Friday, 09 December 2016
The History of the Mini Skirt
Written by Kate Beavis
In the mid 1960s, the mini skirt was the revolutionary fashion item; wearing it was a young woman's way of rebelling against her parents and society. But shorter hemlines had been seen before, back in the 1920s, with flapper fringed dresses worn by the "bright, young things" who danced the night away after the devastating Great War. But it was in 1964 that the mini dress, named after the iconic British car, became a fashion "must have".
Mary Quant, the British designer and owner of the London shop Bazaar, created the first British mini skirt, but she has always been clear that what influenced this look was the girls that she saw on the streets and that they were the original designers of the look, not her. Hemlines were raised (as were eyebrows), Twiggy modelled the look to perfection, and parents despaired.
In France, André Courrèges also shortened dresses basing his designs on a space age look maybe influenced by the clothes in the 1956 film Forbidden Planet. The debate has gone on for years as to who designed the mini skirt first, but whoever did has influenced our style to the present day.
In the late 1960s, hemlines dropped again with the bohemian look of the maxi skirt – and designers and high street shops have been swapping between the two lengths ever since. Some say it is linked to politics and the financial state of the world; the 1920s, 1960s, 1980s and 2000s were all periods of hope and buoyancy and we wore short dresses, the other years were financially insecure resulting in is all covering up.
The Vintage Mini
Get the Look
It is quite easy to find a vintage 1960s mini dress at fairs and vintage shops in the UK as many styles were mass produced and made from new man-made fibres which have stood the test of time. Often, 1970s maxi dresses have been shortened to this length too so there is a lot to choose from.
The most flattering look is an A Line mini dress which will accentuate your waist and cover your hips. Many 1960s maxi dresses were column shaped with a true A line so these shortened make a perfect dress.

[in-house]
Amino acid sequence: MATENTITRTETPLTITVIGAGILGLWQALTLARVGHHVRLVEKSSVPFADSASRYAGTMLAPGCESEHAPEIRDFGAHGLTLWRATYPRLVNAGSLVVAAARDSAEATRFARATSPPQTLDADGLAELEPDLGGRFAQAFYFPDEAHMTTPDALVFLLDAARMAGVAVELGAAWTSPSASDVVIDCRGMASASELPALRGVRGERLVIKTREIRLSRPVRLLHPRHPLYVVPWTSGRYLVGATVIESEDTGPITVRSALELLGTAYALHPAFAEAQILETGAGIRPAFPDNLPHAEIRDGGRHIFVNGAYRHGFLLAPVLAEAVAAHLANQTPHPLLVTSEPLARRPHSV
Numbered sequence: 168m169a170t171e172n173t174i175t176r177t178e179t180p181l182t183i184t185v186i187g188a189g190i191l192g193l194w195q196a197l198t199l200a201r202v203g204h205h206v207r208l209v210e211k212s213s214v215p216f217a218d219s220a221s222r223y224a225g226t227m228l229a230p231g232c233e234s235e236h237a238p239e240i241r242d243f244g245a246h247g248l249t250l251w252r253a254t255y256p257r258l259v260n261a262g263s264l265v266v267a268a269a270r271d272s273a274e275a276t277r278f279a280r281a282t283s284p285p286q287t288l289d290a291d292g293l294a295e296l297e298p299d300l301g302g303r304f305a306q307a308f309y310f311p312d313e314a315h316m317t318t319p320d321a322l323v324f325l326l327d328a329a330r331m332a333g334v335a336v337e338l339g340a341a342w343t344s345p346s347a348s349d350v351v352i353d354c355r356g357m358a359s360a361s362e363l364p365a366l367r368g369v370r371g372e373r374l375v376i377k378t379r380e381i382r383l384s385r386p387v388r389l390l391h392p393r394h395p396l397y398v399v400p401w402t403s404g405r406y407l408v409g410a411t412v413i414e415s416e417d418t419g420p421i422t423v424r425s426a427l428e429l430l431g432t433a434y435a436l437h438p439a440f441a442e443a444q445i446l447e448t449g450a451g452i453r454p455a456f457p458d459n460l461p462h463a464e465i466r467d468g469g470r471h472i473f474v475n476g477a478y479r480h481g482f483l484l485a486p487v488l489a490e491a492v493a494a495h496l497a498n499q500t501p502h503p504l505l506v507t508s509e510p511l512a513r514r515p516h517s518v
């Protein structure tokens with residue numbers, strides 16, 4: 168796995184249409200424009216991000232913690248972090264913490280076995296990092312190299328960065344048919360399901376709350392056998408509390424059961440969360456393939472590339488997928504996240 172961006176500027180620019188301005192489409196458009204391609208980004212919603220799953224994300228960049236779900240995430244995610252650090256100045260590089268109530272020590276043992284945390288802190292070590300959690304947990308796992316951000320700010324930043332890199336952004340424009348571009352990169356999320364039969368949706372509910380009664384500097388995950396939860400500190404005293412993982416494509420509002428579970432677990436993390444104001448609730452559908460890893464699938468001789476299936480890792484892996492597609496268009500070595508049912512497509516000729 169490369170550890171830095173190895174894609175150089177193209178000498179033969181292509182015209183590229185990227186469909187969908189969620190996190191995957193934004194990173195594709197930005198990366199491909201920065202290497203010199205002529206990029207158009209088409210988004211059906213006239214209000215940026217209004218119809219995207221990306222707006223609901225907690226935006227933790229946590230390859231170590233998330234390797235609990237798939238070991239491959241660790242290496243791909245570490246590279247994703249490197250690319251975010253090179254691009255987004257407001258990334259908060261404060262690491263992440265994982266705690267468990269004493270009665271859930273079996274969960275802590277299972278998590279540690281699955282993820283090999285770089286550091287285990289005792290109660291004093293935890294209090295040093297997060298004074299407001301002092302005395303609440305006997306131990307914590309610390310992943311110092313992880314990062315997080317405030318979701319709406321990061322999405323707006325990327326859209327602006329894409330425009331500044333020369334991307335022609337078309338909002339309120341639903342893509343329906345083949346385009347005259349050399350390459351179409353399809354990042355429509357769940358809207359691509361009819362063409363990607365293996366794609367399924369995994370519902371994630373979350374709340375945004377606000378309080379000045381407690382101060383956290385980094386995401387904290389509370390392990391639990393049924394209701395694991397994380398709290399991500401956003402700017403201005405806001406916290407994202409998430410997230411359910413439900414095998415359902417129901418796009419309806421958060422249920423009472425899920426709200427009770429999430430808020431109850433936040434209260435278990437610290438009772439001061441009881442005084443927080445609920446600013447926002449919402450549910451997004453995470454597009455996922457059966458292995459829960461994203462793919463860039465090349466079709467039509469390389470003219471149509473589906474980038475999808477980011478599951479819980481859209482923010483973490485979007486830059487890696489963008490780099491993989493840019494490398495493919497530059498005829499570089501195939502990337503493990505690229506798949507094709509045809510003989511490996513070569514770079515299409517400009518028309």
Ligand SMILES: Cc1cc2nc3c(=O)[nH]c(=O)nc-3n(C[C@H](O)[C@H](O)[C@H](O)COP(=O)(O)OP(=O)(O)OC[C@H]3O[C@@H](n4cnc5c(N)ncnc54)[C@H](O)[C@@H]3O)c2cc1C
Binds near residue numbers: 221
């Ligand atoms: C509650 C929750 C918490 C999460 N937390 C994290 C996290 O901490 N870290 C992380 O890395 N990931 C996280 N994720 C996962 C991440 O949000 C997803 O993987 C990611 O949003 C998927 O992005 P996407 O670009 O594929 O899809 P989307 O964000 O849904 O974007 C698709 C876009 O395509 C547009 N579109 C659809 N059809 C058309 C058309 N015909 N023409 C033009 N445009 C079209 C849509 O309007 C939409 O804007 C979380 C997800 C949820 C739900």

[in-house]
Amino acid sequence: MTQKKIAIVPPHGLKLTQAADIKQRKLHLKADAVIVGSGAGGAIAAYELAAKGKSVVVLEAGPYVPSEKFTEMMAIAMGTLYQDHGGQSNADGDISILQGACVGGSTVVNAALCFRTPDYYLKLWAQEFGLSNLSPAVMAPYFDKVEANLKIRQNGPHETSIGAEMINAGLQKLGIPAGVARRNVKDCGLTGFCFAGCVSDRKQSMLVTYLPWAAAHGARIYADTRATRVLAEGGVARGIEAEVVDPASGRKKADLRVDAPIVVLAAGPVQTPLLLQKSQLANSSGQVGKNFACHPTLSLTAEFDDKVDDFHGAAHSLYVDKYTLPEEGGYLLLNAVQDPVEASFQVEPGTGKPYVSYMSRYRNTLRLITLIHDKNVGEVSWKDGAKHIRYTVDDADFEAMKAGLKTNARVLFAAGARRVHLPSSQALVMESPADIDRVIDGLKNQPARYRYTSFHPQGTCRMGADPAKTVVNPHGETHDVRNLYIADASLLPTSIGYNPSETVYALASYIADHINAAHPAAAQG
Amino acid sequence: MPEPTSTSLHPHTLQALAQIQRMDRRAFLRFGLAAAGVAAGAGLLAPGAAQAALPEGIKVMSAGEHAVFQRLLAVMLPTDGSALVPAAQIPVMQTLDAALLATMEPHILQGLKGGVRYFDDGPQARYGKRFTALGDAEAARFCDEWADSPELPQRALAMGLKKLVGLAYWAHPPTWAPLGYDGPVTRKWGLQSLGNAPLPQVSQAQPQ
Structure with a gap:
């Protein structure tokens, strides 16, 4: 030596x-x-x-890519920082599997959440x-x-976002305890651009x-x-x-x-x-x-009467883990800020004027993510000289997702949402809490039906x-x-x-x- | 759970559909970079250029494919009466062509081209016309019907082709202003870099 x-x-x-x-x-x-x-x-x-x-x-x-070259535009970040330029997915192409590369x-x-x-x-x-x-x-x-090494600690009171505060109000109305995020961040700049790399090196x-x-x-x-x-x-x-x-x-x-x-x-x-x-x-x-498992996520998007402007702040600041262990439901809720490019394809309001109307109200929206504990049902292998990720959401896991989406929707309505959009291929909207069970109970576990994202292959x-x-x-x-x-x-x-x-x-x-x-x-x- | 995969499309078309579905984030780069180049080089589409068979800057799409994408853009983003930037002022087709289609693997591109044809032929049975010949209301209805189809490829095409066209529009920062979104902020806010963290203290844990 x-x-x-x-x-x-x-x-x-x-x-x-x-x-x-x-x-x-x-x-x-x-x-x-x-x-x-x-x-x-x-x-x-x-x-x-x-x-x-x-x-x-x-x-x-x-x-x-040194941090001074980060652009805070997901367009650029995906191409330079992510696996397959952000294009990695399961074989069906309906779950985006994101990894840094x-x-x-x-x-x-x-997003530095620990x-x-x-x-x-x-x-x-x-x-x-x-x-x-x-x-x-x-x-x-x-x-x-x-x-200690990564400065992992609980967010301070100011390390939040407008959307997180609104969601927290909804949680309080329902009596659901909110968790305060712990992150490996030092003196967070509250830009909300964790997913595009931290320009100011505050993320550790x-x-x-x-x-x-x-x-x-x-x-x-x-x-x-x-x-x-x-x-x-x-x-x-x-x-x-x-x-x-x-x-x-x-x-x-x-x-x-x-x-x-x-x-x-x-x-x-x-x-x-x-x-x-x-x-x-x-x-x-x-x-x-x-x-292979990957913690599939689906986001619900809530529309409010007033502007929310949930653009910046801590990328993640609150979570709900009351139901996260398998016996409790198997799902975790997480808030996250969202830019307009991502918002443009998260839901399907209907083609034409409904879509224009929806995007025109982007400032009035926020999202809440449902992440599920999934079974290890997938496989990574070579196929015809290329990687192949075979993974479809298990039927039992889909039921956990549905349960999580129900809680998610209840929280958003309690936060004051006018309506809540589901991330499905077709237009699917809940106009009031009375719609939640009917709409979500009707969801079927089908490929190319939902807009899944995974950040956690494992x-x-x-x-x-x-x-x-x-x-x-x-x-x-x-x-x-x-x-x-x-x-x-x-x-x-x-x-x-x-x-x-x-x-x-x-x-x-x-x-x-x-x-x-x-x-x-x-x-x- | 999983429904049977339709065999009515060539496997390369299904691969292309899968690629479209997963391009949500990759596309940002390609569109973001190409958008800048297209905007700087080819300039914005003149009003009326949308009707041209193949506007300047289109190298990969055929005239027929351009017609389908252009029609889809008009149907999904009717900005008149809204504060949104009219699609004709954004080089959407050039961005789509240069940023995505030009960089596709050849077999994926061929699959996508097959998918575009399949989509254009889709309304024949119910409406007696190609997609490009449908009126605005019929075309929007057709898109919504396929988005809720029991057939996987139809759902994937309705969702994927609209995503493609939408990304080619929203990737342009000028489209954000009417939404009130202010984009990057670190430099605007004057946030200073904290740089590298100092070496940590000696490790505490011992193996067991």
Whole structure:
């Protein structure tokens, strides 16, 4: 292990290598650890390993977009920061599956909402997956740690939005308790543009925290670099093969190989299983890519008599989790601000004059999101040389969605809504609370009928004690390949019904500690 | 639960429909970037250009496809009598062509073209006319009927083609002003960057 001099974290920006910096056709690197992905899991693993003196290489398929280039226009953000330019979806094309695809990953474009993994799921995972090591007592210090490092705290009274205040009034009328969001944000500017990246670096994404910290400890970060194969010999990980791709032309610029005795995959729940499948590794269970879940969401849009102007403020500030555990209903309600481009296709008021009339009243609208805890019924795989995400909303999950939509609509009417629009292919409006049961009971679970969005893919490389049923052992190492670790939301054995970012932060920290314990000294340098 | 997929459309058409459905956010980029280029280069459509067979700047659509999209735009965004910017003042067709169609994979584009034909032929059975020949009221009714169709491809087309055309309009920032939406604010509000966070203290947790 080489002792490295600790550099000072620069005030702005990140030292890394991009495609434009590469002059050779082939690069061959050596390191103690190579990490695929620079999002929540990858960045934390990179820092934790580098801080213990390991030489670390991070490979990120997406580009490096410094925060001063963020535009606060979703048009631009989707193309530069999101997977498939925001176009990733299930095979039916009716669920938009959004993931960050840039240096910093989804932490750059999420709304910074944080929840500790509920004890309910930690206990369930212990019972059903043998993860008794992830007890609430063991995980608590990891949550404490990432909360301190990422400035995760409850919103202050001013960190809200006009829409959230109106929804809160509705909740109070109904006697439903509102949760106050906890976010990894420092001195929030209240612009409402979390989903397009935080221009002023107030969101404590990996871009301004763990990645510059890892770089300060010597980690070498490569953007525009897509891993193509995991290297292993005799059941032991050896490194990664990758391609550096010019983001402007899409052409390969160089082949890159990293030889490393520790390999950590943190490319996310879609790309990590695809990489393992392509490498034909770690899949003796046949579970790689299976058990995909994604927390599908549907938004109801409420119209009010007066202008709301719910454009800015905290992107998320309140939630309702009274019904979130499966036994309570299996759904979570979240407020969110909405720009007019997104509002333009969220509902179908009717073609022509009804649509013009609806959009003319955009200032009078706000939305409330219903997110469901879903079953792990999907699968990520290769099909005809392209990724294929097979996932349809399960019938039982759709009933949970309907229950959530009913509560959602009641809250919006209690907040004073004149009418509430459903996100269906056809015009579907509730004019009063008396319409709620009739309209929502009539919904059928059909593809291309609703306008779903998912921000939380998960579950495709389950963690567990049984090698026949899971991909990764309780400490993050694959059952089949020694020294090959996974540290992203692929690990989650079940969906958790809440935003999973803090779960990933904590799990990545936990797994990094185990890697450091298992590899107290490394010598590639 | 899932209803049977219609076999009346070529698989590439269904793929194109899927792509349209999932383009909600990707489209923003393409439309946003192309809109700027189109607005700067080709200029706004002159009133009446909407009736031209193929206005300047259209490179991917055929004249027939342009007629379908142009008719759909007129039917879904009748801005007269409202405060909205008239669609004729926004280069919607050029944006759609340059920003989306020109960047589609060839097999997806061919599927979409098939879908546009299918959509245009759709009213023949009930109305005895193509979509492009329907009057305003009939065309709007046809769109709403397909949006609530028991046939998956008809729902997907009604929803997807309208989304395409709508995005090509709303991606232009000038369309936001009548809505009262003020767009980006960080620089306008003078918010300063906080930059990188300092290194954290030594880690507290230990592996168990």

Dresses and bags from Revival Vintage
Team up with platform shoes or simple ballet pumps, coloured tights, and a chunky original vintage box bag.
The Vintage Style Mini
If you don't want to wear vintage but want an accurate reproduction, choose a vintage style one from a specialist designer. The details to look out for are wide ballooned sleeves with beautiful buttoned cuffs, high necklines in boat shapes or with a rolled finish and an A line shape. Wear with a patent shoe and a vintage style cape to complete the look.
The Modern Mini
The high street is also packed with mini dresses especially for parties and the festive period, which will come in modern, more fitted shapes in stretchy materials and a load of sparkle thrown in. These tend to be very different from the originals, as often they have lost the humour, pattern and shape that was seen in the 1960s.
How to look great in your mini dress
1. Mini dresses look best when wearing flats or a chunky heel rather than stilettos. This is closer to the original look and easier to wear too!
2. Cute up the look by adding socks; choose knee highs to lengthen your leg.
3. Think about your underwear especially with a super short mini dress – choose something practical!
4. As your legs are on show, consider covering up other parts of your body for a more balanced look. Choose a high neckline or a long sleeve so everyone notices your pins.
5. In the winter, choose patterned or coloured tights to highlight your legs and keep warm too!
6. Find a dress that fits well as you don't want it to be riding up all day, or to be pulling it down all the time too.
7. Remember you can wear a mini dress at any age if chosen well; don't let anyone tell you that they are just for teenagers.
8. Have fun in your mini dress. They were designed to not be too serious so enjoy the attention you will get when wearing them.
Where to Buy